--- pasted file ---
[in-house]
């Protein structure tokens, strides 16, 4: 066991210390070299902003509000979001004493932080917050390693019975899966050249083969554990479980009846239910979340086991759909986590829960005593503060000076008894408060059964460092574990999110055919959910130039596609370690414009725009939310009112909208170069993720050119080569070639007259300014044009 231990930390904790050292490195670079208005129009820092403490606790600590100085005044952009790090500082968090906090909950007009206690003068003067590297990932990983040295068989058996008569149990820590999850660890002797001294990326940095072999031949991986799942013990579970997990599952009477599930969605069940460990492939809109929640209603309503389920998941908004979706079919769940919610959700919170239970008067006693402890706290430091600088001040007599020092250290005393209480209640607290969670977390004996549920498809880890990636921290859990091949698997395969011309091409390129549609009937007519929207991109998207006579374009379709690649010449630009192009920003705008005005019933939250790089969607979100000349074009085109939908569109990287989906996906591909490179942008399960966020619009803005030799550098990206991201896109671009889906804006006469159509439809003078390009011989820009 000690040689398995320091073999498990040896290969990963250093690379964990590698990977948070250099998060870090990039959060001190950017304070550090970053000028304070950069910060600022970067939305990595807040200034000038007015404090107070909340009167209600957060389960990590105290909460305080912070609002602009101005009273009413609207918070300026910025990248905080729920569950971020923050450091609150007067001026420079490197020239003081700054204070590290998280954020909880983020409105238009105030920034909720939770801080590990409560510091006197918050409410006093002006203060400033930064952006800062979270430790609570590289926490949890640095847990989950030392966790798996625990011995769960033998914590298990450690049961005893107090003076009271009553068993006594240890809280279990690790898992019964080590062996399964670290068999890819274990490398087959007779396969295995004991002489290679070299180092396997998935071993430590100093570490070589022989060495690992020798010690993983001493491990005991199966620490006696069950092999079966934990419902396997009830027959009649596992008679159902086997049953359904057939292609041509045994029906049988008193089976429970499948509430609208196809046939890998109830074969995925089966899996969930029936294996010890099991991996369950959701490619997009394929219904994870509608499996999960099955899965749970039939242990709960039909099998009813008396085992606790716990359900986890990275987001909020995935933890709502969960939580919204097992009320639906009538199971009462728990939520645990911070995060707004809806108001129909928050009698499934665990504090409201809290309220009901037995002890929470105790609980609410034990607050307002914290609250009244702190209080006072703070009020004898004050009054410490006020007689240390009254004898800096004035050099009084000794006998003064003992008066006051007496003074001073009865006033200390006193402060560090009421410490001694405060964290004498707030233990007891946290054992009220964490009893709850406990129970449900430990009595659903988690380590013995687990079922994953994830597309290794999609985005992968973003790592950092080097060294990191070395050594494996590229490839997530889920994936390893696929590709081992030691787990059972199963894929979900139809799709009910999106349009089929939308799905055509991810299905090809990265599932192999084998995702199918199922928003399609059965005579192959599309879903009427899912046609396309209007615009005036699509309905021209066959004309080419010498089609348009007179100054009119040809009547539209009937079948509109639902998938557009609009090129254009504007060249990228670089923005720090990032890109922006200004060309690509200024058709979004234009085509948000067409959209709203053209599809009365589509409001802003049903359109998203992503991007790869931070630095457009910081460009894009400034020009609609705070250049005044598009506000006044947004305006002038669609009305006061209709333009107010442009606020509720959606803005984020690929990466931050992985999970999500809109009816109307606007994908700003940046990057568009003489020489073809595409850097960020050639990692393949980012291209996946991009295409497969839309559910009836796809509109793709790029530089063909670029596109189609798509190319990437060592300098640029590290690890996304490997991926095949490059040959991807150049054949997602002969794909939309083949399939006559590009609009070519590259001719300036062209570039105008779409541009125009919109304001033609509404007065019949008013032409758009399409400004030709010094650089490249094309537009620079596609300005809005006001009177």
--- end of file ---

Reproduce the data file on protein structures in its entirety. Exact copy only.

[in-house]
């Protein structure tokens, strides 16, 4: 066991210390070299902003509000979001004493932080917050390693019975899966050249083969554990479980009846239910979340086991759909986590829960005593503060000076008894408060059964460092574990999110055919959910130039596609370690414009725009939310009112909208170069993720050119080569070639007259300014044009 231990930390904790050292490195670079208005129009820092403490606790600590100085005044952009790090500082968090906090909950007009206690003068003067590297990932990983040295068989058996008569149990820590999850660890002797001294990326940095072999031949991986799942013990579970997990599952009477599930969605069940460990492939809109929640209603309503389920998941908004979706079919769940919610959700919170239970008067006693402890706290430091600088001040007599020092250290005393209480209640607290969670977390004996549920498809880890990636921290859990091949698997395969011309091409390129549609009937007519929207991109998207006579374009379709690649010449630009192009920003705008005005019933939250790089969607979100000349074009085109939908569109990287989906996906591909490179942008399960966020619009803005030799550098990206991201896109671009889906804006006469159509439809003078390009011989820009 000690040689398995320091073999498990040896290969990963250093690379964990590698990977948070250099998060870090990039959060001190950017304070550090970053000028304070950069910060600022970067939305990595807040200034000038007015404090107070909340009167209600957060389960990590105290909460305080912070609002602009101005009273009413609207918070300026910025990248905080729920569950971020923050450091609150007067001026420079490197020239003081700054204070590290998280954020909880983020409105238009105030920034909720939770801080590990409560510091006197918050409410006093002006203060400033930064952006800062979270430790609570590289926490949890640095847990989950030392966790798996625990011995769960033998914590298990450690049961005893107090003076009271009553068993006594240890809280279990690790898992019964080590062996399964670290068999890819274990490398087959007779396969295995004991002489290679070299180092396997998935071993430590100093570490070589022989060495690992020798010690993983001493491990005991199966620490006696069950092999079966934990419902396997009830027959009649596992008679159902086997049953359904057939292609041509045994029906049988008193089976429970499948509430609208196809046939890998109830074969995925089966899996969930029936294996010890099991991996369950959701490619997009394929219904994870509608499996999960099955899965749970039939242990709960039909099998009813008396085992606790716990359900986890990275987001909020995935933890709502969960939580919204097992009320639906009538199971009462728990939520645990911070995060707004809806108001129909928050009698499934665990504090409201809290309220009901037995002890929470105790609980609410034990607050307002914290609250009244702190209080006072703070009020004898004050009054410490006020007689240390009254004898800096004035050099009084000794006998003064003992008066006051007496003074001073009865006033200390006193402060560090009421410490001694405060964290004498707030233990007891946290054992009220964490009893709850406990129970449900430990009595659903988690380590013995687990079922994953994830597309290794999609985005992968973003790592950092080097060294990191070395050594494996590229490839997530889920994936390893696929590709081992030691787990059972199963894929979900139809799709009910999106349009089929939308799905055509991810299905090809990265599932192999084998995702199918199922928003399609059965005579192959599309879903009427899912046609396309209007615009005036699509309905021209066959004309080419010498089609348009007179100054009119040809009547539209009937079948509109639902998938557009609009090129254009504007060249990228670089923005720090990032890109922006200004060309690509200024058709979004234009085509948000067409959209709203053209599809009365589509409001802003049903359109998203992503991007790869931070630095457009910081460009894009400034020009609609705070250049005044598009506000006044947004305006002038669609009305006061209709333009107010442009606020509720959606803005984020690929990466931050992985999970999500809109009816109307606007994908700003940046990057568009003489020489073809595409850097960020050639990692393949980012291209996946991009295409497969839309559910009836796809509109793709790029530089063909670029596109189609798509190319990437060592300098640029590290690890996304490997991926095949490059040959991807150049054949997602002969794909939309083949399939006559590009609009070519590259001719300036062209570039105008779409541009125009919109304001033609509404007065019949008013032409758009399409400004030709010094650089490249094309537009620079596609300005809005006001009177």